Breast cancer is not usually in the front of mind for a young, active woman in her 30s. After experiencing concerning symptoms, Jenn approached her doctor about breast health and regular screenings. Given a familial history, Jenn was ready to hope for the best, but prepare for the worst. Six years after she lost her mother to breast cancer, Jenn was diagnosed with the same disease.
Based on her stage 0 diagnosis, Jenn had opted for a double mastectomy procedure, removing both breasts in an effort to remove the cancer and prevent it from spreading. Through the surgery, Jenn learned the cancer had spread to her lymph nodes. Given this new information, Jenn had to make decisions about her treatment plan that could affect options for breast reconstruction post-treatment.
“It’s a very personal decision, every woman approaches it differently”, she explained.
She underwent her treatment at Queensway Carleton Hospital (QCH) and the Irving Greenberg Family Cancer Centre.
“I felt comfortable here, and it was close to home, which, we didn’t even realize would be part of the convenience factor when you have to come to the hospital every single day. My husband was to able to drive me and still go to work, I could drive myself even if I felt tired because I knew it wouldn’t be a long drive home. And I was coming to a beautiful new treatment center, where I wasn’t stuck in a dirty basement having radiology done.”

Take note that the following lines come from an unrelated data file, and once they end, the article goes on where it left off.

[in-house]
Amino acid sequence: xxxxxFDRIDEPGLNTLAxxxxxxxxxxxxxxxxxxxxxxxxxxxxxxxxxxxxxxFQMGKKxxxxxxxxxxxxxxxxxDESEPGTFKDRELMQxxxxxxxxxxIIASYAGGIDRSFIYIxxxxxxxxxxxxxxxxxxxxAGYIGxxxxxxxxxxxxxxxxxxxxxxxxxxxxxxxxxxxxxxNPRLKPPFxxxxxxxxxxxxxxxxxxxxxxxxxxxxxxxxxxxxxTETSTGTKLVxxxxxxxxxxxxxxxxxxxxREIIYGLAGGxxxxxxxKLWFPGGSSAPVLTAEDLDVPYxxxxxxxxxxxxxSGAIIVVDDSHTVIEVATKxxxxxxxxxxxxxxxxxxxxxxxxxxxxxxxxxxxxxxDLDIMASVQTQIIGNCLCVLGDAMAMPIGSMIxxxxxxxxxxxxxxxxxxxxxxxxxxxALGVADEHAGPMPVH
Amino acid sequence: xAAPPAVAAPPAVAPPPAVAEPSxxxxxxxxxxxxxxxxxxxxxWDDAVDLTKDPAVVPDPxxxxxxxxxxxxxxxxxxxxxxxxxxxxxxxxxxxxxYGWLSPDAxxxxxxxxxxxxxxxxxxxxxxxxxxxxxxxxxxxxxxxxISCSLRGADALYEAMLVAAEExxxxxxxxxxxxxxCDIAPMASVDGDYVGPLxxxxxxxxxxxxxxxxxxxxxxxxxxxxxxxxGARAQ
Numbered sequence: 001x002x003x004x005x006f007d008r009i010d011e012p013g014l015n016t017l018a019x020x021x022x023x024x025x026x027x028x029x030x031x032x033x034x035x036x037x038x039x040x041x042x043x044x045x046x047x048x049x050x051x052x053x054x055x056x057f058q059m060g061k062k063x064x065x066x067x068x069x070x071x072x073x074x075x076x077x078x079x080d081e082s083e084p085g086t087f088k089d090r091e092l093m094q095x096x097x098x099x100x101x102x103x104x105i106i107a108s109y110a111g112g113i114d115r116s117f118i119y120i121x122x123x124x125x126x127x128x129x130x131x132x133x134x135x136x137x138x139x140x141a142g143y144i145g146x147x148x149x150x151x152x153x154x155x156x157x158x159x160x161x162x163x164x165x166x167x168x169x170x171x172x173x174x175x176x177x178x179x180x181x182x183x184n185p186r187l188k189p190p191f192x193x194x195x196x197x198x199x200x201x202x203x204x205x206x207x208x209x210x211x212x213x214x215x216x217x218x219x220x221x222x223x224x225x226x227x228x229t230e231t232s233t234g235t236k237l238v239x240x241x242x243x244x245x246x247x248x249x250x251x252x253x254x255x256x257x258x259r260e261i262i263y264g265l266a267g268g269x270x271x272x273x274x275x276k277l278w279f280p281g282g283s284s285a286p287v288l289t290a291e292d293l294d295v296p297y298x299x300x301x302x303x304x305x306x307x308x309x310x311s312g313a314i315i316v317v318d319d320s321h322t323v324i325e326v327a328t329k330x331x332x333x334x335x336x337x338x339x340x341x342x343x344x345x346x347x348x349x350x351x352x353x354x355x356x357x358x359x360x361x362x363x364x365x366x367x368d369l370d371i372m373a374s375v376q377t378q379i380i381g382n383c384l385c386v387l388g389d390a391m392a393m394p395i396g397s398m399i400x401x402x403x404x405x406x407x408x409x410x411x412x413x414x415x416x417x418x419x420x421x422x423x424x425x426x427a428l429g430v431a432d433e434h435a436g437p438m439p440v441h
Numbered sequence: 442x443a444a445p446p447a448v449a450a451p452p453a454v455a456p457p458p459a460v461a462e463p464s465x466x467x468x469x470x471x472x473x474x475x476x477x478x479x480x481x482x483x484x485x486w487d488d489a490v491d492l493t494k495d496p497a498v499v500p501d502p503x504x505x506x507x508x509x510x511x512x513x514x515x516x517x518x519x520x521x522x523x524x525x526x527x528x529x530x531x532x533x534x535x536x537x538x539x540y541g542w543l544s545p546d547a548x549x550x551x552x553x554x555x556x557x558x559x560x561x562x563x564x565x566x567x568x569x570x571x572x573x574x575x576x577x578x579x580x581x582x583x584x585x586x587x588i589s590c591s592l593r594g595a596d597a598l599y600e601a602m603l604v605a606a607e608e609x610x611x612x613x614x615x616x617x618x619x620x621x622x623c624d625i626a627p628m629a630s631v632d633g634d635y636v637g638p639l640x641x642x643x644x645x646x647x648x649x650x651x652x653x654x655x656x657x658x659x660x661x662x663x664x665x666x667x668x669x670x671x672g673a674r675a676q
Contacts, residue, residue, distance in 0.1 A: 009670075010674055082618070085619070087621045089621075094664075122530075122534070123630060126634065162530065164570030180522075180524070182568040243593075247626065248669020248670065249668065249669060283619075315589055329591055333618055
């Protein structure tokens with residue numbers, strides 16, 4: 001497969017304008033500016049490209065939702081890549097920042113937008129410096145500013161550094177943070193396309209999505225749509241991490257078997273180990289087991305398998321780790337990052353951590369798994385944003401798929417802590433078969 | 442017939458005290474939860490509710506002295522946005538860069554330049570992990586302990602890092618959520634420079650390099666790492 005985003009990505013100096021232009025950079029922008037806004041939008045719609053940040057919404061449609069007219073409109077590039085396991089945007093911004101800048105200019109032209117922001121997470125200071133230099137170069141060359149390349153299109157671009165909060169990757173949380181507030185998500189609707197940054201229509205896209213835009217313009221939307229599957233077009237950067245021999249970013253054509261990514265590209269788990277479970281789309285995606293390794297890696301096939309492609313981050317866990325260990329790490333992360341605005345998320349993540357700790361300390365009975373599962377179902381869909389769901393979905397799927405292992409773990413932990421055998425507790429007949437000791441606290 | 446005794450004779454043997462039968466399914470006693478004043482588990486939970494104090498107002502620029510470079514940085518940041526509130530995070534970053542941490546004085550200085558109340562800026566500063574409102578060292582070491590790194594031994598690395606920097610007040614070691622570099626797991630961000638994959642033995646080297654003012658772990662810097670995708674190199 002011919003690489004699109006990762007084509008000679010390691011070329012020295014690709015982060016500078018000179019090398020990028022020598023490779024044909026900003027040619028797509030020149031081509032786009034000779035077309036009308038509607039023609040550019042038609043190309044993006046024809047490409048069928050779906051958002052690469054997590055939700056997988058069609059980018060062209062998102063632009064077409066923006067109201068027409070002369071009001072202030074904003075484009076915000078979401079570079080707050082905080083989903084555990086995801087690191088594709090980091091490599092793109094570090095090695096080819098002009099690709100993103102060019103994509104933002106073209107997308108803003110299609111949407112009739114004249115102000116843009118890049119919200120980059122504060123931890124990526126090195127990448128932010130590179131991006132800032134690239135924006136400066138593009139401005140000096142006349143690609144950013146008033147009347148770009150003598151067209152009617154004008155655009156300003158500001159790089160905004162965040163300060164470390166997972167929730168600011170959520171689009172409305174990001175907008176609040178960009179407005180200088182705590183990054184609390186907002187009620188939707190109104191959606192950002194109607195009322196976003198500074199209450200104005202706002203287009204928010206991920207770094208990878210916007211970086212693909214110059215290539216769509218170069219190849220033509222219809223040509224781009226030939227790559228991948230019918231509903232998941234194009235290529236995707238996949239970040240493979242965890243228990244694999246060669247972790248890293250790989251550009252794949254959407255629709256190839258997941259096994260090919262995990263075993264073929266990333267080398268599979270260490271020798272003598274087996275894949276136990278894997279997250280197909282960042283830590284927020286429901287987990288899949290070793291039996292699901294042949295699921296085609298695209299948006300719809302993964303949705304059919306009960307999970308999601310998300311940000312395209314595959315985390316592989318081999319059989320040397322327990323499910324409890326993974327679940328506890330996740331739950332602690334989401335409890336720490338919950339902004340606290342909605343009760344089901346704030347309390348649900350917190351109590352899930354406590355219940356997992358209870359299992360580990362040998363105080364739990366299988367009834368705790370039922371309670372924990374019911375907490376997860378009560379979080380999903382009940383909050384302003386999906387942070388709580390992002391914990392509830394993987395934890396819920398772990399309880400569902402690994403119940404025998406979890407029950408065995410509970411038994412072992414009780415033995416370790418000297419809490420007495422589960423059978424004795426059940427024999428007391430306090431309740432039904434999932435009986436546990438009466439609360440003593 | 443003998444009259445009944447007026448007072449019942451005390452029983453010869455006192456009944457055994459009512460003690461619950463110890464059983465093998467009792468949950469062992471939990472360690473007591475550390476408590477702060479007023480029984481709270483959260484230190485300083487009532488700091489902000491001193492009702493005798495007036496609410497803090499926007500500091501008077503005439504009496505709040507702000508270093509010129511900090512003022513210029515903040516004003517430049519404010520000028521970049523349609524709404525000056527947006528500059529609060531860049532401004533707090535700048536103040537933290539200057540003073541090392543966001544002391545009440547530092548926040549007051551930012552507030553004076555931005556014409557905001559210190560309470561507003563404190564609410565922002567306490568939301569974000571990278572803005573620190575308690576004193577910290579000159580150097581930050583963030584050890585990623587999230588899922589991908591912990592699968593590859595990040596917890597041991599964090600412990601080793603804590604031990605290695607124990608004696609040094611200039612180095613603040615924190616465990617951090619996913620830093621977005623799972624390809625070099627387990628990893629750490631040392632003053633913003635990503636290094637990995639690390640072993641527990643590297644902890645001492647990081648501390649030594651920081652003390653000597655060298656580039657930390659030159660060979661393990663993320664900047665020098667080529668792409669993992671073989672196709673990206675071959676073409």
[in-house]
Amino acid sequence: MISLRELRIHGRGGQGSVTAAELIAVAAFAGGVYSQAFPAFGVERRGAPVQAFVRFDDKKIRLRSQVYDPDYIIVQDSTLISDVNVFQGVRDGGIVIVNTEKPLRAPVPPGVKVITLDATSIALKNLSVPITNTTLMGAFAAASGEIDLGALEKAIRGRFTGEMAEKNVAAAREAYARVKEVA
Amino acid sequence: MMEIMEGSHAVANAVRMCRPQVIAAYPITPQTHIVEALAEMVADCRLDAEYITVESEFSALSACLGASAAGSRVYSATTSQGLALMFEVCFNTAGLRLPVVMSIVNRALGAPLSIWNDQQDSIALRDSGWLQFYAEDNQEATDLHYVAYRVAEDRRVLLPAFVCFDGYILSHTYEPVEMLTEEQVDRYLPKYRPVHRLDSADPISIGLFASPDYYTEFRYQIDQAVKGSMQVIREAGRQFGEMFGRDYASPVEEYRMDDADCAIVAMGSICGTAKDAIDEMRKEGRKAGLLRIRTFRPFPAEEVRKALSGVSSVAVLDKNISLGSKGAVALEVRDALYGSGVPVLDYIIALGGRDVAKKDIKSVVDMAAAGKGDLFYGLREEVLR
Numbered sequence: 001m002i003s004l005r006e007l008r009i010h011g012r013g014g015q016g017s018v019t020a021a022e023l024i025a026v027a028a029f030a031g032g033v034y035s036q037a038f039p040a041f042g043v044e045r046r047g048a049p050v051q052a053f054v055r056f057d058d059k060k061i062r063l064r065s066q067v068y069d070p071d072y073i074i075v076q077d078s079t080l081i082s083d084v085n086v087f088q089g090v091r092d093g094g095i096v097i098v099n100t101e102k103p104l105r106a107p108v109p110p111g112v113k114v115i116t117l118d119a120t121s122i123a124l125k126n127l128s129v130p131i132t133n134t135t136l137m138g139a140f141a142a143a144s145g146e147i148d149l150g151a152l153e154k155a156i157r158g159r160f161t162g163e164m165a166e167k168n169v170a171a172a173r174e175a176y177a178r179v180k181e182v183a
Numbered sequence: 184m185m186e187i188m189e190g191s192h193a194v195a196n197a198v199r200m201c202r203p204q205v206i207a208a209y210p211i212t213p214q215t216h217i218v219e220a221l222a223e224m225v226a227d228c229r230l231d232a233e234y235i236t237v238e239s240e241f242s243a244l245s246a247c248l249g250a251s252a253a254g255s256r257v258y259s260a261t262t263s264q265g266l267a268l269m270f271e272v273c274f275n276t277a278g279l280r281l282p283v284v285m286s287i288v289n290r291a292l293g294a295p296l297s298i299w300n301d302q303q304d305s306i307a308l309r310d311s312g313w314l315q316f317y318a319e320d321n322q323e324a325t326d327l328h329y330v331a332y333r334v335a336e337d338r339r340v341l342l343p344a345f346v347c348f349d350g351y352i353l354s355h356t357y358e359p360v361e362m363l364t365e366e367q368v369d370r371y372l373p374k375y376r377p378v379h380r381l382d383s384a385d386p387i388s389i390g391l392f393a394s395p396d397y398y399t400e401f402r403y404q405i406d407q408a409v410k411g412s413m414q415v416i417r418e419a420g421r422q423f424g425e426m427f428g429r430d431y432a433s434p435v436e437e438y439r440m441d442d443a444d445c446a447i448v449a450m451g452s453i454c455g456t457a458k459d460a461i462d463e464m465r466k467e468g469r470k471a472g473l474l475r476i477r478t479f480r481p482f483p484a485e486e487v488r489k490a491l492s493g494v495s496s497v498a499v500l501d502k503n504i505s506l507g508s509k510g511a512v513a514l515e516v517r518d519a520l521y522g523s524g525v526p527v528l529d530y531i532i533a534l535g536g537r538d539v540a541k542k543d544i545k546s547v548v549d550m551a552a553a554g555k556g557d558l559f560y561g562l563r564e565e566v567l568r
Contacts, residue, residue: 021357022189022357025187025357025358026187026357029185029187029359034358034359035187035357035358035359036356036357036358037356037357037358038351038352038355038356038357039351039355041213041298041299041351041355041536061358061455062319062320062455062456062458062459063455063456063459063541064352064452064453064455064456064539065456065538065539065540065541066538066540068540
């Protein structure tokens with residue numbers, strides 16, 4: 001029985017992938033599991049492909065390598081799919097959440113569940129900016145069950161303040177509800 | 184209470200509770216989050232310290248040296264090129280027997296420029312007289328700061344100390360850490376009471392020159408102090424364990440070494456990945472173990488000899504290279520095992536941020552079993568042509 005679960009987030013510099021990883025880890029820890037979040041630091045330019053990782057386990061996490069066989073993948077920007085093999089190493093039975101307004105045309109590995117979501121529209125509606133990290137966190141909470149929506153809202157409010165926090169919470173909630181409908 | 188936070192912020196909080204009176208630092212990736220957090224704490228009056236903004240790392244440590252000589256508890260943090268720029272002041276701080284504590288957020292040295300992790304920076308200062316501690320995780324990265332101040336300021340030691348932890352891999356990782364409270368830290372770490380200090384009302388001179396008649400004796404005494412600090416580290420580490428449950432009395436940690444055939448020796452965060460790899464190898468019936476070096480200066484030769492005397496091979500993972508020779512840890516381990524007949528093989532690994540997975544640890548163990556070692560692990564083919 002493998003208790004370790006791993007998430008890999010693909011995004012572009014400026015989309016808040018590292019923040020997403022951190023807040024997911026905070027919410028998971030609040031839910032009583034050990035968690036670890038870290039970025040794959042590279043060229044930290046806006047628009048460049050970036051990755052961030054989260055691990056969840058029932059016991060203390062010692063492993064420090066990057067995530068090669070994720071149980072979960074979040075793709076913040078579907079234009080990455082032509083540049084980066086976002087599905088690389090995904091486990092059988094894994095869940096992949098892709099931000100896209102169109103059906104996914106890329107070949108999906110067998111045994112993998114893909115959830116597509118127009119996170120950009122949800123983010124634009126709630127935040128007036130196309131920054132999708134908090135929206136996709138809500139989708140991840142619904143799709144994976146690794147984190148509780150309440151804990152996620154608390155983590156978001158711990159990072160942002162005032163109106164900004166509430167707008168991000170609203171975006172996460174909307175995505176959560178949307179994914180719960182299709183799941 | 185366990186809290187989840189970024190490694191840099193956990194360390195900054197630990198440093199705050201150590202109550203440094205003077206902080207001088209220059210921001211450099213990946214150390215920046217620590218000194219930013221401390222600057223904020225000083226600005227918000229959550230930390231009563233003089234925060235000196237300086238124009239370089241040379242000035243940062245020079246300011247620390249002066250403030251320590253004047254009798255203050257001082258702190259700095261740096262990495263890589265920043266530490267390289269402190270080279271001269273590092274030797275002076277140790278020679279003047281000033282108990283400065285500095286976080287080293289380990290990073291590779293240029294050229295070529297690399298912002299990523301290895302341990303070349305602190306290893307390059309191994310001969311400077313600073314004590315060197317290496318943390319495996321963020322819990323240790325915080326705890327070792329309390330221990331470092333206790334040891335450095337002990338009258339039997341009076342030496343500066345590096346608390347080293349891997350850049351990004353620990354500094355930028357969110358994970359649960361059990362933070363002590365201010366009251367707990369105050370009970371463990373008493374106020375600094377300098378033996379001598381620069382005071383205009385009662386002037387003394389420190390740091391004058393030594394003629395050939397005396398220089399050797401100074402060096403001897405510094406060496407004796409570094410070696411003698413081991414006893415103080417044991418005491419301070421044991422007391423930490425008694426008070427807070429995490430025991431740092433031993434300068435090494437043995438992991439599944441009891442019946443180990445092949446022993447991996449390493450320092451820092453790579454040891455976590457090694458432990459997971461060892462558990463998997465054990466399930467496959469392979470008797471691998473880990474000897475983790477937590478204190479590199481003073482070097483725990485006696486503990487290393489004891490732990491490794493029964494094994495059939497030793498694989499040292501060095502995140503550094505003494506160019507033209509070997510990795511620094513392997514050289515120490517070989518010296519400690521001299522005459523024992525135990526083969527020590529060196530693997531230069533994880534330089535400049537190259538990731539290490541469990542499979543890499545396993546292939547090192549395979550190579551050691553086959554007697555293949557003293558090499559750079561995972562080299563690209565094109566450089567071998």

Jenn is actively involved in the community as a breast cancer survivor. A breast cancer diagnosis is emotionally difficult to accept. As a young woman in her thirties, Jenn continues to share story and inspire others through her blog, Young and Breastless. Jenn initially started the blog as a means to connect with other women battling breast cancer, after learning to accept her diagnosis. Jenn shares her trials and tribulations of battling breast cancer, healing physically and emotionally, and moving forward.
In the community, Jenn is a leader in philanthropy by creating and promoting fundraising events in contribution to Epic Walk, an event in partnership with the Queensway Carleton Hospital and the Ottawa Regional Cancer Foundation to raise money for a new mammography machine at QCH.
“I wanted to try and give back to the community that has helped me. It’s called the Epic Walk because it’s going to be somewhat difficult and physically demanding; which I think is a good metaphor for how people feel during their cancer treatment,”.
“One of the reasons I am passionate about the new mammography machine is because I am younger; none of my friends are being screened yet, or have risk factors. This is the machine that will be testing by friends in the future.”
Breast cancer will continue to affect thousands of women and men annually, and early detection is the best way to take preventative healthcare measures, and begin a treatment plan as soon as possible. The earlier cancer is detected, the better the chances are to beat the cancer.
“Right now, early detection is the only way to survive breast cancer.”
A new mammography machine will provide faster and more accurate imaging, reducing wait times and increasing the speed and accuracy at which breast cancer can be diagnosed.
Join us, by supporting our Mammography Campaign.